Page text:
You’re so beautiful, you could be a waitress.
There’s something familiar about the titular band of HBO’s newest comedy show, Flight of the Conchords. Perhaps it’s their Tenacious D-style acoustic comic rock. Maybe it’s the Conchords’ frontman Jemaine Clement’s “indie” look, like a square-jawed David Cross with more hair and better t-shirts. Or it might be that, like many independent artists, the Conchords invoke their influences freely and intelligently, creating something fresher and smarter than their precursors.
Flight of the Conchords
Jemaine Clement, Bret McKenzie, Rhys Darby
Regular airtime: Sundays, 10:30pm ET
US: 17 Jun 2007
What’s initially impressive about the Conchords is their firm, collective grasp of pop music history, as both Clement and Brett McKenzie are confident, competent singer-songwriters with the versatility to channel anyone from Barry White to Radiohead (the duo’s “binary solo” during the premiere episode was especially inspired, and funny). This is not to say that they’re headed for the top of any pop chart; their songs are too mired in plot and irony. But the Conchords are sophisticated in their use of musical influences (think homage more than parody), so when they break into song, it’s less a gimmick and more a comedic coda, tying scenes and themes together quite nicely.
Rather than provide awkward backstory, the 17 June premiere “Sally,” began more or less in media res, on what seemed to be an average day for the Conchords. Both from New Zealand, Jemaine and Brett comprise the group, living on pennies in a teeny Manhattan apartment, presumably trying to make it big with the help of a daft, yet doting, part-time agent Murray (Rhys Darby), who also works as a low-rung cultural attache at the New Zealand consulate. As the three met in Murray’s office and hatched a plan for filming their first music video (the boys in homemade robot suits, filmed on a cell phone camera), a tourism poster on the back wall read, “New Zealand: Don’t expect too much—you’ll love it!” This initiated the episode’s running joke about their native country’s obscurity in the States, while lending an exoticism to the band’s formulaic struggle-to-fame plight.
Though the two foreigners appear dim-witted, it’s not because they are “foreign” (take that, Borat). Instead, they would be hormone-driven idiots, no matter the hemisphere they inhabit. When a frustrated Jemaine rattled off his dating history back in New Zealand—“Sarah Fitzpatrick, Michelle Fitzpatrick, Claire Fitzpatrick, the list goes on”—Bret observed that even though he can’t land any American women, the ones he talked about “getting on” sound hotter than the girls back home. Jemaine declared smugly, “You’re right, I do talk about getting with some pretty hot women.”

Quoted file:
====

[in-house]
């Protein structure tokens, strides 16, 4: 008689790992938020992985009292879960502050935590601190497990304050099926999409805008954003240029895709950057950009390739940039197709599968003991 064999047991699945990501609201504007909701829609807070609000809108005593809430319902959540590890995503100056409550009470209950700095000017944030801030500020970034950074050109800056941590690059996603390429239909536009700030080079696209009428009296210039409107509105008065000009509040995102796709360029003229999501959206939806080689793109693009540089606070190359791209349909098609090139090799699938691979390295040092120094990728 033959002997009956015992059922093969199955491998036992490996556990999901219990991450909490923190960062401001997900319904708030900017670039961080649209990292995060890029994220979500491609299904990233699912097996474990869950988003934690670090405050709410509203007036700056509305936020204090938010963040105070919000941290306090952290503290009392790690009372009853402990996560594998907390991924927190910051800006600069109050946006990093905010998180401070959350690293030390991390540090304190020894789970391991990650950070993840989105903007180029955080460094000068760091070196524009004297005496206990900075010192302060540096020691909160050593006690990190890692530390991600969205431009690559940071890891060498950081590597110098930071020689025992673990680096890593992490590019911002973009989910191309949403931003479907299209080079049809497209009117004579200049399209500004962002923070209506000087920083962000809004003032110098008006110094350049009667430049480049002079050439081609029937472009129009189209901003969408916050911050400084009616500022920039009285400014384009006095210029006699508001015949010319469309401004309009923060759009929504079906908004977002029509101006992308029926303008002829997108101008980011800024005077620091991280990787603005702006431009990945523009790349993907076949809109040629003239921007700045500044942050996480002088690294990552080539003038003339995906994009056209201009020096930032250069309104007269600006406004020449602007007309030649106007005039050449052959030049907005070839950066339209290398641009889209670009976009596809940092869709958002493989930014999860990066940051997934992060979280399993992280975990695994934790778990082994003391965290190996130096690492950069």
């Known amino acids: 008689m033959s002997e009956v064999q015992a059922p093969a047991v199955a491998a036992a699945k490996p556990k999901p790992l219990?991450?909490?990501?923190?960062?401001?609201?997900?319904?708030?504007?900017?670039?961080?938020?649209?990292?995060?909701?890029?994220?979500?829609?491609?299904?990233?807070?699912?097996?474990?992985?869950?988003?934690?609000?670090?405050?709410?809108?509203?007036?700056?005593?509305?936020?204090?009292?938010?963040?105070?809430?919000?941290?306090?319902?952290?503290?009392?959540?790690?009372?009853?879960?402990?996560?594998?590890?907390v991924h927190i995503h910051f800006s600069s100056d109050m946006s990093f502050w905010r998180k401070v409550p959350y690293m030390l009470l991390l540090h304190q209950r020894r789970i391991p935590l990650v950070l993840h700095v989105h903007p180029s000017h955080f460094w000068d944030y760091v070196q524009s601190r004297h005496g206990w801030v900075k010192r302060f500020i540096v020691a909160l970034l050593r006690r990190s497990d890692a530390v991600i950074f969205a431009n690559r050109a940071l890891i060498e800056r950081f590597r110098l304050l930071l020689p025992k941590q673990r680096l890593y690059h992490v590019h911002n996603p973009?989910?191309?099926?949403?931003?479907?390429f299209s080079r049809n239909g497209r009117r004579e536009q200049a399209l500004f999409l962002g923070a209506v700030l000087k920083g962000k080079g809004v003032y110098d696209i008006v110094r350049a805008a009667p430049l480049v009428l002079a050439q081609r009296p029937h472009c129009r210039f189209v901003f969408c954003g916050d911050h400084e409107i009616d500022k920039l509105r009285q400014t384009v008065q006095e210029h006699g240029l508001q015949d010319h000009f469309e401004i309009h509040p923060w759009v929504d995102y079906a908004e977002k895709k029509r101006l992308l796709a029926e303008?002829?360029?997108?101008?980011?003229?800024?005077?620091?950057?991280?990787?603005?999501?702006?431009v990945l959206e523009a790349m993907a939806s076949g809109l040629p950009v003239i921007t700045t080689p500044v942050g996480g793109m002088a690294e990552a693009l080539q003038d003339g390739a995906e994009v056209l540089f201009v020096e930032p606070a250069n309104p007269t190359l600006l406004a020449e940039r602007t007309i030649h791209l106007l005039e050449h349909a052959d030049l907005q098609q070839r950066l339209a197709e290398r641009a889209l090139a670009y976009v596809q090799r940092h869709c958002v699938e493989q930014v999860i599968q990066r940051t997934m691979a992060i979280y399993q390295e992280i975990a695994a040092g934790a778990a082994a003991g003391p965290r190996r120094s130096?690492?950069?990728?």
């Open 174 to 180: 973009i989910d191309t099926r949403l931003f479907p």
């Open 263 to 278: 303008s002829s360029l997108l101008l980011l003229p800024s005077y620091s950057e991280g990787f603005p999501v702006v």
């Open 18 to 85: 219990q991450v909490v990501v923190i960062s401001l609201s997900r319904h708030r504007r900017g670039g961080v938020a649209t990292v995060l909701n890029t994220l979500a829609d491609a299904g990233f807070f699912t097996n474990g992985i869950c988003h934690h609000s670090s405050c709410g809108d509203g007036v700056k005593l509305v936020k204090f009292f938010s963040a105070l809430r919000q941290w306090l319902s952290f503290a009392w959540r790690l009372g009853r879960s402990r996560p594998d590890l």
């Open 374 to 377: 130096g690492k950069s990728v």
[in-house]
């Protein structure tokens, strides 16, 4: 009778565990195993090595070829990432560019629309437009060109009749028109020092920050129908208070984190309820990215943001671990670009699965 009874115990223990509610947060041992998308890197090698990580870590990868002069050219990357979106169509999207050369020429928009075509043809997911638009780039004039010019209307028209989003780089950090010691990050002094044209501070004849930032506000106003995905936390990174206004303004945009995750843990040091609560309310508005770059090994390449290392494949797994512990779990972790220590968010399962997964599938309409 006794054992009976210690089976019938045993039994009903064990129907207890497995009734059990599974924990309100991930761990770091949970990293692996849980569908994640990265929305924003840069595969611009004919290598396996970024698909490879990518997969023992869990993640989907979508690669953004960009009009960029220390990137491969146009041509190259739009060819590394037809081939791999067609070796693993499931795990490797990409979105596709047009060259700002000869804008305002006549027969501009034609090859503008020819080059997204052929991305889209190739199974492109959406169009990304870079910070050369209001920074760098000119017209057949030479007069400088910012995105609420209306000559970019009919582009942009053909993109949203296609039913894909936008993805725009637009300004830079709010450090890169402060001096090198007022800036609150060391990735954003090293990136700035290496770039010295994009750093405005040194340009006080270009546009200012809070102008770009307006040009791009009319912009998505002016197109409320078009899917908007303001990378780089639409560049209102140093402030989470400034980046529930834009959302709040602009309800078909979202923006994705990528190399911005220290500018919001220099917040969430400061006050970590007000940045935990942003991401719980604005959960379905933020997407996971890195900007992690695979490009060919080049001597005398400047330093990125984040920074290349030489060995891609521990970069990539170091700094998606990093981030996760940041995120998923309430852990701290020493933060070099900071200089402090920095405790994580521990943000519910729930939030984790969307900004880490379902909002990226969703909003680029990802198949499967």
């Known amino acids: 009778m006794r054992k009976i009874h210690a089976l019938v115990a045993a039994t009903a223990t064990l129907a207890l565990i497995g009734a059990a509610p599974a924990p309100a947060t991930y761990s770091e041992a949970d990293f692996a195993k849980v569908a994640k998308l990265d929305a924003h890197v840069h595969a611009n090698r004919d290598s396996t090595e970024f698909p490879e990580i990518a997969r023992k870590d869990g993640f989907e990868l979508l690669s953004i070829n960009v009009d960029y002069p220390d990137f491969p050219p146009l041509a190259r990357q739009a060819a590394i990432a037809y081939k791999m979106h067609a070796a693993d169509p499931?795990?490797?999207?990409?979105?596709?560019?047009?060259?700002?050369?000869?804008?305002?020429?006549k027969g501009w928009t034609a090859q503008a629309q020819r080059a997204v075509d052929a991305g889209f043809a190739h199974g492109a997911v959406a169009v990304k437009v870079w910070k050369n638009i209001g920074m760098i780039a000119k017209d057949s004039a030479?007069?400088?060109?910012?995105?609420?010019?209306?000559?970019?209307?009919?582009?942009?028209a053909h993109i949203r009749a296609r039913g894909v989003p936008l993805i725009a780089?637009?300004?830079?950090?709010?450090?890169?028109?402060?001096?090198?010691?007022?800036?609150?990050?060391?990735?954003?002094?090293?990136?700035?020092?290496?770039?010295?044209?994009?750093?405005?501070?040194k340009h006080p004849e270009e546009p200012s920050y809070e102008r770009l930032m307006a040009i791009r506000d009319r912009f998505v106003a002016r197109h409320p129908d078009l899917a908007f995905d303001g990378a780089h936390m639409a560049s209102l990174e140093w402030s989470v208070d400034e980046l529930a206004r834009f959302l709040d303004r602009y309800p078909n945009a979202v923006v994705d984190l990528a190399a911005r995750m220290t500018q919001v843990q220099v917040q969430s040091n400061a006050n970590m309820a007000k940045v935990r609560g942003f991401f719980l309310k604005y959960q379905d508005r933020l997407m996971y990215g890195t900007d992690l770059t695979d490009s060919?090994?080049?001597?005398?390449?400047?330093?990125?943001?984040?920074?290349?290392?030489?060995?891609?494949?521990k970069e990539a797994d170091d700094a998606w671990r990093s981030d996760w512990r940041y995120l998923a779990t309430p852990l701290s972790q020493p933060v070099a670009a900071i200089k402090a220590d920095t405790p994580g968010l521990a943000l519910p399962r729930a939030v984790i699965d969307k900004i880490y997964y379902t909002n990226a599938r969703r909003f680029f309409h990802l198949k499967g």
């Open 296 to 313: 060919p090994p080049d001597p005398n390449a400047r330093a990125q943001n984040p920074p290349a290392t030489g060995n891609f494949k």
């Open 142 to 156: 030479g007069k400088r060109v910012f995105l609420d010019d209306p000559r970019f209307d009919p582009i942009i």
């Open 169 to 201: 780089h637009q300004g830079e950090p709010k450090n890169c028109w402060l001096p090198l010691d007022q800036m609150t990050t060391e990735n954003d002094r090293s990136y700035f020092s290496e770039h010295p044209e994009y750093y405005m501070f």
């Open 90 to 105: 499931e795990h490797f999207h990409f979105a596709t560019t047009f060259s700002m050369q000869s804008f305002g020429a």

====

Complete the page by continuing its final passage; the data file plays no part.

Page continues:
In this episode, hot women were the chief reason the boys broke out into song at all. The first tune of the series, “Part-time Model,” served as a serenade at a small party, explaining to a leggy and silent blonde how attractive she was, especially compared to air hostesses in the ‘60s, high-class prostitutes, and trees. Jemaine and Bret are no doubt more charming when singing “Let’s go to my house/We can feel each other up on the couch,” than when clumsily taking a girl some place “romantic and cheap” for a date. Though they objectified women throughout, their attitude stemmed from an inflated, hallowed regard (see: Prince). The Conchords see no sense bothering such delicate creatures, unless doing so romantically, or to punctuate their own egos.
So when Sally (Rachel Blanchard) dumped Jemaine on a city sidewalk, before she even finished delivering her break-up speech, he walked away from her to begin another song (one of my favorite moments was her remaining in the shot’s background, hands raised in confusion), this one an ‘NSYNC-style ballad, “I’m Not Crying,” in which both men denied they were crying over a woman. Rather, they insist, their eyes are “just sweaty today.” It was curious that the very woman who inspired the episode’s title song ended up not worth admitting even a single tear. But of course, that’s the joke: the Conchords can’t resolve their feelings about women—as a class or as individual romantic partners. Women remain muses or punch lines, never anything in between.
What’s left is a relationship between the two men consistent with the best duos. Neither is capable of attaining a woman, so the partnership will likely never be in jeopardy. Though the show occasionally lapses into the “cringe comedy” mode, made popular by The Office and Curb Your Enthusiasm, Flight of the Conchords is also quite sweet. In an establishing montage, Bret held a stopwatch to time Jemaine’s exercising on his stationary bicycle. Later, when a lonely Bret was shown with a stopwatch, timing the same empty bicycle, the effect was both absurd and strangely sentimental. Just like the show.